MAY 11, 2016
As the Democratic Party, now with two massive figureheads, Bernie Sanders, and Hillary Clinton, begins to fracture as the battle over what direction the party should move wages on, we are starting to see two very different camps use the same word: liberal.
This poses a problem as to what a liberal is, and this is addressed by Danny Katch in his book Socialism … Seriously, in which he points out that, “Millions of people find themselves classified as liberals by default, ranging from those who march against banks and bombs to those who bail out the former and drop the latter. That’s not a very useful category.” He points out that in today’s politics, a liberal is basically anyone who isn’t a Republican.
As the party splinter begins to widen, the term liberal is no longer going to suit the leftists who align more on Sanders side, or even further. For socialists, this has meant abandoning the term altogether. One reason is, as Katch argues is that while “Liberalism can agree with socialism that some things about capitalism should be reformed, and socialists often work alongside liberals to win those changes. Where we differ is that liberalism views reforms as ways to preserve capitalism while socialism sees them as steps toward replacing it.”
While not everyone will default to the position of socialism as they abandon the liberal ideology of saving capitalism, it does seem to be the most viable alternative at this point in time. Liberals in general, as Katch highlights, have done nothing but mock the Republican platform but for many years have failed to offer solutions. We see this today as Hillary Clinton takes the presumptive position for the Democratic Party is offering herself up as merely the alternative to a seemingly xenophobic and racist Donald Trump. Clinton has campaigned solely on offering more of the same of the last eight years of President Obama, doing little to nothing to offer fresh ideas or solutions.
All the while, Sanders has put forth much more radical ideas, albeit, within the confines of the capitalist system, he is breaking the mold and putting forth ideas that upset the status quo. This is a move many believe has cost him the nomination, he was unwilling to play part in the Democratic strategy of winning on the coattails of President Obama, yet if he succeeds the nomination come July, he is expected to fall in line and support Clinton, making himself another cog in slowly turning wheels of the Democratic Party.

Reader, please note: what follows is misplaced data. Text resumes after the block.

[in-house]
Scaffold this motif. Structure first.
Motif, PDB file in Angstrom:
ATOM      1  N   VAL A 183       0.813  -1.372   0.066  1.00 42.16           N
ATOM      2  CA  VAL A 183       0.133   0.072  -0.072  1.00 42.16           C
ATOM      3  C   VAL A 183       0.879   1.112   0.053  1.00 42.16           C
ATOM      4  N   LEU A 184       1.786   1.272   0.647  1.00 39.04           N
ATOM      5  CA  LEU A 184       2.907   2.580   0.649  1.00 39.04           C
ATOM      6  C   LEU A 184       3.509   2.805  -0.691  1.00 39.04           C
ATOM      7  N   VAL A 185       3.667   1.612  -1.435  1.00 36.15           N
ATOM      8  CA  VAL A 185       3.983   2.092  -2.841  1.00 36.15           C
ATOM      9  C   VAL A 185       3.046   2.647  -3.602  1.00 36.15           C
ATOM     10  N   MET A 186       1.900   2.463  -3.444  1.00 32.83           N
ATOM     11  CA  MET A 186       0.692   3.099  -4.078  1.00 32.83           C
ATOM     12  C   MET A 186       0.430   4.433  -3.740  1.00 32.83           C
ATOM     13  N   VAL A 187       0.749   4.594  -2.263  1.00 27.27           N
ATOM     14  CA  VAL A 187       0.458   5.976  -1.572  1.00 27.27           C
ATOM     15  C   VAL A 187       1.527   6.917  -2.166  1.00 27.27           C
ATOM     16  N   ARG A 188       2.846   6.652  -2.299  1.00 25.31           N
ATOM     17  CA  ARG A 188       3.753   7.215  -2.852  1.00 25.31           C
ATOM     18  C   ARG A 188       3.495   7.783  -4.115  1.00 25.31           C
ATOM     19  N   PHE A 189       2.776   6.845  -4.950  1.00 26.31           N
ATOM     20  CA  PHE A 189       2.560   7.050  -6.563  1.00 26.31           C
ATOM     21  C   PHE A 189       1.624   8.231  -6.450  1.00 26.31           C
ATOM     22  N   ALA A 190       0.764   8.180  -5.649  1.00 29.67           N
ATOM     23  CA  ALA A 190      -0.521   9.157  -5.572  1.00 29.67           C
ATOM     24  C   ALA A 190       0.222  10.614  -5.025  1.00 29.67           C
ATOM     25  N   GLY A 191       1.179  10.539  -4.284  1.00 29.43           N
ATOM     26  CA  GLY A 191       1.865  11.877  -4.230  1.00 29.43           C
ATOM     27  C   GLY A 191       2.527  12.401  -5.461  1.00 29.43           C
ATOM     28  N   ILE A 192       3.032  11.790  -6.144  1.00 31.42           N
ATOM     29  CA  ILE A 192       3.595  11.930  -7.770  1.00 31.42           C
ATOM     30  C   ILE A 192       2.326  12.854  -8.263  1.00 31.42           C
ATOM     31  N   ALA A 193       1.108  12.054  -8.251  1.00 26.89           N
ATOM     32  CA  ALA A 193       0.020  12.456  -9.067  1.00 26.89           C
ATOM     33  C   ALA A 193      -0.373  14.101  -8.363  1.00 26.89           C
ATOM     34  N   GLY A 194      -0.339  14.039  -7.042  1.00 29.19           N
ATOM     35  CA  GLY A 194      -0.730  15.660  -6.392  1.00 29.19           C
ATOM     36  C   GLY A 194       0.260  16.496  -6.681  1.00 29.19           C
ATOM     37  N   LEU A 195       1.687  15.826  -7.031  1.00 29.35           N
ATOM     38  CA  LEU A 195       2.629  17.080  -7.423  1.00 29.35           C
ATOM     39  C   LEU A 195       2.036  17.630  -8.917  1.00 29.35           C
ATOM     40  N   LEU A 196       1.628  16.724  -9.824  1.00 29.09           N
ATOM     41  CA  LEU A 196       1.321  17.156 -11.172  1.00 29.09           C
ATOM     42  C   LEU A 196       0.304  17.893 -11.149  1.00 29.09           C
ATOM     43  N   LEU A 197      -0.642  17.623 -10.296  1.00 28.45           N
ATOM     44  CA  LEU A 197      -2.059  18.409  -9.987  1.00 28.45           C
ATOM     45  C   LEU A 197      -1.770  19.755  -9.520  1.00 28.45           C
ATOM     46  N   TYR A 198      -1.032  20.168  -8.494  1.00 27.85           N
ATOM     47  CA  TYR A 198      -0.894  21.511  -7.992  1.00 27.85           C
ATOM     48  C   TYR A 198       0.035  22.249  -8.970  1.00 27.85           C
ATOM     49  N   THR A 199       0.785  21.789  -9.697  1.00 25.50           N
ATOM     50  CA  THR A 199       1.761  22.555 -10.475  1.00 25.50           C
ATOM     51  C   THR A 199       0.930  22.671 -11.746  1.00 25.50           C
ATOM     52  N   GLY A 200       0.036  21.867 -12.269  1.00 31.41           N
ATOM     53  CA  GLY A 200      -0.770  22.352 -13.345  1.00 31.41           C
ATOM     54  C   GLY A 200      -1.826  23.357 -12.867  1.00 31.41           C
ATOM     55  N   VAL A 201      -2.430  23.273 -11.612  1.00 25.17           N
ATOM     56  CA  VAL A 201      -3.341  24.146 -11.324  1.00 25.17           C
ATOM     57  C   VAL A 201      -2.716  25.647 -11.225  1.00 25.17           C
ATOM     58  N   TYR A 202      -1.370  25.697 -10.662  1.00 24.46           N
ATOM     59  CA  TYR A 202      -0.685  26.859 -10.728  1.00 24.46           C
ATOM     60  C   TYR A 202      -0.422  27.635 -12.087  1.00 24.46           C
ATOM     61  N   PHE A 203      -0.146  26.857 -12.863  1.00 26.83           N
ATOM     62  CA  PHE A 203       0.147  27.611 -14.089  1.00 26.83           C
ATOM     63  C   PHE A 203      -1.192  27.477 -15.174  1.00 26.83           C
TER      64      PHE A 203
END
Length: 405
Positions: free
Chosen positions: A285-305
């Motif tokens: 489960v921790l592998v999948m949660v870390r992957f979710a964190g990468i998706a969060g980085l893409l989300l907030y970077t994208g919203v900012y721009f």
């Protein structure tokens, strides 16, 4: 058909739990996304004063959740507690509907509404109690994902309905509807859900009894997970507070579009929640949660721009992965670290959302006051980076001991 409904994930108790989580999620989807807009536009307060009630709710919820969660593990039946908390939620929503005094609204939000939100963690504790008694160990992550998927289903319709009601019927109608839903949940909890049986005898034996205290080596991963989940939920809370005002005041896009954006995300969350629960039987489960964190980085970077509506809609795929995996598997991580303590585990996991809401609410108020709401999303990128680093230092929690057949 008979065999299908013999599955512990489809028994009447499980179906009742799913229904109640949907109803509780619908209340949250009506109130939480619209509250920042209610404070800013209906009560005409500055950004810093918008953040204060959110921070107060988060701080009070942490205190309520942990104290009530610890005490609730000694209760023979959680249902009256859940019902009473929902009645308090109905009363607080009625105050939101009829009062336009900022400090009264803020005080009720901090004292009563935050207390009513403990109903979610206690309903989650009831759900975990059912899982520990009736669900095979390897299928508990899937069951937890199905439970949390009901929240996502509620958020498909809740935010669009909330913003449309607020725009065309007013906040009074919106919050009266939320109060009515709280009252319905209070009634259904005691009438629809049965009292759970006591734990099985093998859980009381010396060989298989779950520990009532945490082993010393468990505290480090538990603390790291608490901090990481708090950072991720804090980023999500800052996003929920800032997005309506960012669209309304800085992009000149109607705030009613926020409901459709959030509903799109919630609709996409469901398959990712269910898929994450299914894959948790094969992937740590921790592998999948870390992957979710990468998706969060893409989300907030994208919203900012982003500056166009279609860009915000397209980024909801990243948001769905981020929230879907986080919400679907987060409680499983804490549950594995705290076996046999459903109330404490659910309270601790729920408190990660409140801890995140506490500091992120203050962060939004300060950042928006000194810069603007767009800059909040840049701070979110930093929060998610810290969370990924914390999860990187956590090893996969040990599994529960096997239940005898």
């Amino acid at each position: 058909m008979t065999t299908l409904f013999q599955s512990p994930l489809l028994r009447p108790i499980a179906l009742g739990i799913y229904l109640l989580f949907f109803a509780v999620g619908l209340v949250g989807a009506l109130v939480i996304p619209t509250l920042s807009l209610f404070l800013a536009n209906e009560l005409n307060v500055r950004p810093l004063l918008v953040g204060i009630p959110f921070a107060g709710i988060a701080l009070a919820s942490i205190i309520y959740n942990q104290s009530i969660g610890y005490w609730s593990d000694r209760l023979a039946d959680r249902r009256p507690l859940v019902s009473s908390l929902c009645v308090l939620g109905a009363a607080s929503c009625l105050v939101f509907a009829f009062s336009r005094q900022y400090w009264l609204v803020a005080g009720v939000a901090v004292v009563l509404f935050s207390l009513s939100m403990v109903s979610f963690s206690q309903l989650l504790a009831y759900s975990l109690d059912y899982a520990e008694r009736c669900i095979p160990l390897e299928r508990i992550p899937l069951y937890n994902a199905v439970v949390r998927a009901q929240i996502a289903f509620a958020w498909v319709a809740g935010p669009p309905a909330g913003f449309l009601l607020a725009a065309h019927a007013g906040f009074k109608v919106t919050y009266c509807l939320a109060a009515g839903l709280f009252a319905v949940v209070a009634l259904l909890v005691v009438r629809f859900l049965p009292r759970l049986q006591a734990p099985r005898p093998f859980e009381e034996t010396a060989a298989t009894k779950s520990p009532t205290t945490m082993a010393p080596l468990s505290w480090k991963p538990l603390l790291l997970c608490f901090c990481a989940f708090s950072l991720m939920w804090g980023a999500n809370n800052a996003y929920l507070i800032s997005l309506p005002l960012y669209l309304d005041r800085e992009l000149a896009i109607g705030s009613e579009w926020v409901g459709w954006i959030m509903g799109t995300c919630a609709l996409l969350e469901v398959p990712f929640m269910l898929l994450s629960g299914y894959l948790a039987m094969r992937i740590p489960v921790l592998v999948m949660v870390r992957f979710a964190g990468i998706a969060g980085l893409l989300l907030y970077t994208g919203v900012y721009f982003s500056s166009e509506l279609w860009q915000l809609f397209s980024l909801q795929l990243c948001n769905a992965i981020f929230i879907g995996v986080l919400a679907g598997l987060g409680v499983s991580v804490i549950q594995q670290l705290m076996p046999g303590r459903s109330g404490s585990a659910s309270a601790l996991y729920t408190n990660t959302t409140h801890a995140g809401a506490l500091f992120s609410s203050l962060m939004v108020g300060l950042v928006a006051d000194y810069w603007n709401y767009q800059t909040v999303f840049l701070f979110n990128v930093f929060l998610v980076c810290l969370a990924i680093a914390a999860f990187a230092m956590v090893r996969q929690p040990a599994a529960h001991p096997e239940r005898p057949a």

The Green Party’s Jill Stein, a self-proclaimed liberal, is putting forward ideas that seem to upset the capitalist machine but does fail to speak out in favor of a real alternative such as socialism. Her campaign does a great job of highlighting that capitalism won’t fix our problems, but for whatever reason fail to take up the platform that to win the battle for green energy or to win the fight for equal pay, higher minimum wage, and all the other radical ideas she is putting forward, we must first abandon and replace capitalism.
While her language is guarded, it would make the most sense to stop referring to her, and those like her, those who are not interested in putting Band-Aids on capitalism, as liberals and instead take up a moniker of leftist, or if the shoe fits, socialist. Liberalism has been one of the great failures of the past century, failing to solve the world’s biggest issues and even issues directly inside the United States. Liberalism had to rely on the Supreme Court to enact same-sex marriage rights, liberalism has failed to provide healthcare to every single American, and it has failed to protect racial minorities from rampant racism and discrimination.
The liberal idea that progress should be made in incremental steps has left too many bodies in its ever so slow moving wake. It is time to take the left’s revolutionary ideals to the masses and not wait for a petty minority of conservatives and centrist Democrats to catch up.
As both the Democratic and Republican Parties splinter and burn in the aftermath of the 2016 primaries, it’s time for political action groups to rise from the ashes, to put forth new ideas and to once and for all stop playing the two-party game that has held us captive for so long.
While Clinton and her supporters are correct in saying she is a better choice that Trump, a vote for Clinton offers no forward progress and leaves us with four to eight years of stagnation. For those living in poverty, those locked up in for-profit prisons for non-violent drug offenses, to those who are sick and still cannot afford to see a doctor, that stagnation is too much to bear.
It is time for leftists to speak up and abandon liberalism and to rise up to the challenge of putting forth new ideas. A true opportunity for change has presented itself and the future of progress hinges on how we move forward.